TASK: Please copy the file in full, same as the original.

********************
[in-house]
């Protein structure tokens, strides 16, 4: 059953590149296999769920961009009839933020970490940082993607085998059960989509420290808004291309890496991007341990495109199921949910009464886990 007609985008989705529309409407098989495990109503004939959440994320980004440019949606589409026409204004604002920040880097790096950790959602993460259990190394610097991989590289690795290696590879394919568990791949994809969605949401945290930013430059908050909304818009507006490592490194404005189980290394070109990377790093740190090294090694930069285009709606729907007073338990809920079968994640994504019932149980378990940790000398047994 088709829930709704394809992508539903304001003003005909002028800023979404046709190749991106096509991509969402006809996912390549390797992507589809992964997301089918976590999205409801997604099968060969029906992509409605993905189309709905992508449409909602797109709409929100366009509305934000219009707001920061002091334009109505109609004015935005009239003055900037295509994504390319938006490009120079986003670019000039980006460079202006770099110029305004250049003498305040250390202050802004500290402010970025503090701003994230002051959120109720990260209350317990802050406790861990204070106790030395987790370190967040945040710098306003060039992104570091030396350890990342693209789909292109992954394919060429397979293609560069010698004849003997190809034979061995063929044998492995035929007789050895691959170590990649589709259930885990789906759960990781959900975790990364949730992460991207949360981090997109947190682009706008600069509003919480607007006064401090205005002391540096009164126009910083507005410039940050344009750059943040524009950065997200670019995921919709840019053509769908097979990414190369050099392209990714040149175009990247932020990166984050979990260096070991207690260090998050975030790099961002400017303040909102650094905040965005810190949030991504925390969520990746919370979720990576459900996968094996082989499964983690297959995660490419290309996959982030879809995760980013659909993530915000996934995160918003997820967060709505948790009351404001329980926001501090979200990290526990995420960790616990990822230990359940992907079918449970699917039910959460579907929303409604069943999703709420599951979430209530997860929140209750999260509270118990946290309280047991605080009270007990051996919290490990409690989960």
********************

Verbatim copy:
[in-house]
């Protein structure tokens, strides 16, 4: 059953590149296999769920961009009839933020970490940082993607085998059960989509420290808004291309890496991007341990495109199921949910009464886990 007609985008989705529309409407098989495990109503004939959440994320980004440019949606589409026409204004604002920040880097790096950790959602993460259990190394610097991989590289690795290696590879394919568990791949994809969605949401945290930013430059908050909304818009507006490592490194404005189980290394070109990377790093740190090294090694930069285009709606729907007073338990809920079968994640994504019932149980378990940790000398047994 088709829930709704394809992508539903304001003003005909002028800023979404046709190749991106096509991509969402006809996912390549390797992507589809992964997301089918976590999205409801997604099968060969029906992509409605993905189309709905992508449409909602797109709409929100366009509305934000219009707001920061002091334009109505109609004015935005009239003055900037295509994504390319938006490009120079986003670019000039980006460079202006770099110029305004250049003498305040250390202050802004500290402010970025503090701003994230002051959120109720990260209350317990802050406790861990204070106790030395987790370190967040945040710098306003060039992104570091030396350890990342693209789909292109992954394919060429397979293609560069010698004849003997190809034979061995063929044998492995035929007789050895691959170590990649589709259930885990789906759960990781959900975790990364949730992460991207949360981090997109947190682009706008600069509003919480607007006064401090205005002391540096009164126009910083507005410039940050344009750059943040524009950065997200670019995921919709840019053509769908097979990414190369050099392209990714040149175009990247932020990166984050979990260096070991207690260090998050975030790099961002400017303040909102650094905040965005810190949030991504925390969520990746919370979720990576459900996968094996082989499964983690297959995660490419290309996959982030879809995760980013659909993530915000996934995160918003997820967060709505948790009351404001329980926001501090979200990290526990995420960790616990990822230990359940992907079918449970699917039910959460579907929303409604069943999703709420599951979430209530997860929140209750999260509270118990946290309280047991605080009270007990051996919290490990409690989960």